Adjusting your racing and running plans in the coronavirus pandemic of 2020.

by Steve Palladino

coach and consultant, Palladino Power Project

Original version March 13, 2020

Updated March 20, 2020

Updated April 8, 2020

Updated April 10, 2020

If you are a runner, and if you had plans to race an important race in the Spring of 2020, you likely have had those plans completely undermined by the emergence of the 2020 coronavirus pandemic.   The public health precautions applied to sporting events - amateur and professional, running and other sports - have been both necessary and disappointing.  Necessary to help deter more widespread and aggressive transmission of the virus.  Disappointing because major marathons, other major road races, indoor track/athletics championships, important outdoor track/athletics events, and entire collegiate outdoor track/athletics seasons have been cancelled or postponed.  Runners diligently training for these various events for months already have suddenly been left wondering what to do next.  This article will provide some thoughts regarding re-thinking your racing and running plans, until, hopefully, the pandemic subsides and events are once again open for competition.

Foremost, the health and wellbeing of you and your loved ones are to be prioritized.  There are already many recommendations in place in this regard:

For runners, here are few more:

These recommendations aside, realize that regular moderate exercise actually makes for a stronger immune system, and possibly superior resistance to the covid-19 virus versus age-matched sedentary cohorts.  (Figure 1)  This is a benefit of being fit.  However, the worst thing that you can do is to assume that because you are fit, you cannot become infected with this virus.  Enjoy the benefit, but do not become over-confident because of it. Still further, if you have at-risk loved ones at home (sedentary elderly family), you have to consider them in your preventive measures.  Be smart.

Figure 1.  Conceptual relationship between exercise and illness risk.  (From Nieman and Wentz,2019)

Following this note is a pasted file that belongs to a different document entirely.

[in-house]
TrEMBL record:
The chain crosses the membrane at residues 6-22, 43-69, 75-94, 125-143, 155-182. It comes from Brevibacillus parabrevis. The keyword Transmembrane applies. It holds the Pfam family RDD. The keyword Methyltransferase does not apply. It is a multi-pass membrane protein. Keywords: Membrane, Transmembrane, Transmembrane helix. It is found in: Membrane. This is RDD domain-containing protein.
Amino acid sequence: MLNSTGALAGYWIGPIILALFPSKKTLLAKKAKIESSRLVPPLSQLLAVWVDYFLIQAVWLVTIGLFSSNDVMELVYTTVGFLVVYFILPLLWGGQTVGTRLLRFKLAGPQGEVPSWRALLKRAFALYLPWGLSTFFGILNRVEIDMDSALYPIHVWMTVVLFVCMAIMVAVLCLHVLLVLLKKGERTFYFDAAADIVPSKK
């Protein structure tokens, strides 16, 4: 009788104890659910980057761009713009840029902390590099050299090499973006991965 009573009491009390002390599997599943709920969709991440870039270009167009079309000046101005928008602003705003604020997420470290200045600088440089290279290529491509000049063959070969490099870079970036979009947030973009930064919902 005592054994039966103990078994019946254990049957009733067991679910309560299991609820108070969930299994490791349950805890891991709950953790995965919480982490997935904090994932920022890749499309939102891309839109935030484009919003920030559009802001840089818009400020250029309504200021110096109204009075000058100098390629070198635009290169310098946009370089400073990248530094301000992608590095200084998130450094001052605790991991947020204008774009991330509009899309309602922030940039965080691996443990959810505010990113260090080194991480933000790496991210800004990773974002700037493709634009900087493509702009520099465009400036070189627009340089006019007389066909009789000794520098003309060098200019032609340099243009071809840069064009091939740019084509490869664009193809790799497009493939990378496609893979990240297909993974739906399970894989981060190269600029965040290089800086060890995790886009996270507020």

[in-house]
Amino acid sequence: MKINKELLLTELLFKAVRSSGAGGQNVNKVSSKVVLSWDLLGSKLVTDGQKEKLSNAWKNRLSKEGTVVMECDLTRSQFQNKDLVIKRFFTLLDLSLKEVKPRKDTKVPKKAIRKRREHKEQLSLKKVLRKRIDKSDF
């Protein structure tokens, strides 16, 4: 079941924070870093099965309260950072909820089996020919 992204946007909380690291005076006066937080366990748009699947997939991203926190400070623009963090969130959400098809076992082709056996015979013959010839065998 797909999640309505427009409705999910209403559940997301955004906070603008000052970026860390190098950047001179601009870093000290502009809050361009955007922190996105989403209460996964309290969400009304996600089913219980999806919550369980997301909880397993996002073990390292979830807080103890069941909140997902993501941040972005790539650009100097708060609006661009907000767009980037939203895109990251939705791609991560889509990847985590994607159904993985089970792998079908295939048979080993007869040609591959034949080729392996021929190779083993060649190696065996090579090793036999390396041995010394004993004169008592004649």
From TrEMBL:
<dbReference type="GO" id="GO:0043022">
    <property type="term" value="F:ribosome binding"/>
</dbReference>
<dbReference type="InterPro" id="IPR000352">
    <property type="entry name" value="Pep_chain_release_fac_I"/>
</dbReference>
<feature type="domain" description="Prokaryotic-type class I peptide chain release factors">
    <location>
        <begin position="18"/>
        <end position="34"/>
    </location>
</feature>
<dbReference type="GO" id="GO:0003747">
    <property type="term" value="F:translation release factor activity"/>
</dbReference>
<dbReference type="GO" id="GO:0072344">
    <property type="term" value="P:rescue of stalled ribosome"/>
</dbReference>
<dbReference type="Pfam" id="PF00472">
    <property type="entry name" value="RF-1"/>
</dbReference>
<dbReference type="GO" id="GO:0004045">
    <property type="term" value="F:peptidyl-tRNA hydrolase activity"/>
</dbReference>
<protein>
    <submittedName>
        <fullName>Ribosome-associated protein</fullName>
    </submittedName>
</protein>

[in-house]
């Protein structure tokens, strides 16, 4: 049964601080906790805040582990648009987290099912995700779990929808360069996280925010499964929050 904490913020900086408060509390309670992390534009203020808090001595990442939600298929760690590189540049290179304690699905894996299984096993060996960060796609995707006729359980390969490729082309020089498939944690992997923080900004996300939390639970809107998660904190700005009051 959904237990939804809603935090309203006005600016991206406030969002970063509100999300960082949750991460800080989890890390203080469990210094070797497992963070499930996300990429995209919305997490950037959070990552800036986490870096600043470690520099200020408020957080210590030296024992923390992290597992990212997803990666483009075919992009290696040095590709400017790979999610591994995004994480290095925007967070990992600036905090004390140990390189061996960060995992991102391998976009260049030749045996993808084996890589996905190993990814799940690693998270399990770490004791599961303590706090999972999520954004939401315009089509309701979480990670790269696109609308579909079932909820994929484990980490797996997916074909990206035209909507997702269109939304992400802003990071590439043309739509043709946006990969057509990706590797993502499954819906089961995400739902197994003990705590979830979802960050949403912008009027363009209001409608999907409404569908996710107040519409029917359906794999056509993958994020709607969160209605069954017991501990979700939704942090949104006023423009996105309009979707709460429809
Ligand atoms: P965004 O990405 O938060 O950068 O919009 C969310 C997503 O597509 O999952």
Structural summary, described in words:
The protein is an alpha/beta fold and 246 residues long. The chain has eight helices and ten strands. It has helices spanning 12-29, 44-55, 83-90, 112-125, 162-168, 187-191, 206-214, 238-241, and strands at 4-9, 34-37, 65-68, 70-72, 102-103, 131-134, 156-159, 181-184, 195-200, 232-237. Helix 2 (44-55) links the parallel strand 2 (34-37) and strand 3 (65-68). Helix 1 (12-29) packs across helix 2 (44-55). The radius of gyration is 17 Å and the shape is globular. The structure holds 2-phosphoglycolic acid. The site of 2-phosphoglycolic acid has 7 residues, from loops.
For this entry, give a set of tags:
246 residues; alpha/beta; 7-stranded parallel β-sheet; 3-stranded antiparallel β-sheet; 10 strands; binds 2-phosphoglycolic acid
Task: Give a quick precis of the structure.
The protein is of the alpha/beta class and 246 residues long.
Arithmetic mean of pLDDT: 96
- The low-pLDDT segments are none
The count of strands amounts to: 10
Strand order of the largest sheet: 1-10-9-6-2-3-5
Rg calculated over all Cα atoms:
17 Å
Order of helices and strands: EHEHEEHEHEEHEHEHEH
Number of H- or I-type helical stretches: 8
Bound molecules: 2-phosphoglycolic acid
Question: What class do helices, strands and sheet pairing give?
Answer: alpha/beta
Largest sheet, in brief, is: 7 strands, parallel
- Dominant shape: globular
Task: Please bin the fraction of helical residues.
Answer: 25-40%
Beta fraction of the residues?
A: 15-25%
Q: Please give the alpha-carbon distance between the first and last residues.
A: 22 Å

Maintaining exercise, or more specifically, running, is a reasonable goal during this pandemic - if it can be done safely (recommendations above).  However, also realize that training errors of excessive training, whether it be a) an acute single exertional bout of training or racing in excess of chronic training load (a marathon race could be one example), or b) a chronic excess in training load leading to non-functional overreaching, can lead to some degree of either temporary or prolonged impairment of immune status and increased illness risk.  In other words, too much of a good thing can turn into a bad thing.

To avoid training errors that can lead to suppressed immune status and higher illness risk, it may be wise to follow your training load metrics closely.   Keep TSB or RSB from going too negative for too long (see appendix).  Keep chronic training load (CTL) ramp rate to no more than 3 (higher ramp rates might be tolerable, but why risk it?).  If you use HRV and it gives you reliable information, heed it.  Beware of single training runs or races that will yield a TSS or RSS well above 150-200% of CTL (another way to think about this is to avoid runs that can significantly deplete muscle glycogen).

In essence, with no races on the horizon, it might be wise to elect a much more modest training program than had your Spring “A” race not been cancelled.  

While there is evidence to suggest that some HIIT does not impair immune status, a) too much of a good thing can eventually turn into a bad thing, and b) with no races on the horizon, you might be best to consider using HIIT at maintenance levels.

What to do with my outstanding fitness now that my “A” race was cancelled?

* time trial suggestions:

Take care, be well!

Appendix

1) For Stryd Powercenter users that follow RSB, Stryd classifies -10 to +5 as "maintenance". That is quite safe in these times, and will likely avoid non-functional overreaching. Short excursions (in terms of # of consecutive days) into the -10 to -25 range (Stryd "productive") is also likely OK. I would suggest avoiding RSB in the Stryd "cautionary" (-25 to -40) and overreaching (below -40) ranges.

2) Using Running Power on the Treadmill

3) Stryd Podcast accompanying this article.

4) home program for runners without use of special equipment - from Nick Palladino of PalladinoOnlineFitness

References

CDC Coronavirus Disease 2019 (COVID-19) - Steps to Prevent Illness

Nieman and Wentz, The compelling link between physical activity and the body’s defense system.  Journal of Sport and Health Science 8 (2019)

Peake, Neubauer, Walsh, and Simpson, Recovery of the immune system after exercise.  Journal of Applied Physiology (2017), 122:1077-1087

Romeo, Warnberg, Pozo, and Marcos, Session 6: Role of physical activity on immune function Physical activity, immunity and infection. Proceedings of the Nutrition Society (2010), 69, 390–399

Zickl, What Runners Need to Know About Coronavirus. Runner's World, March 2020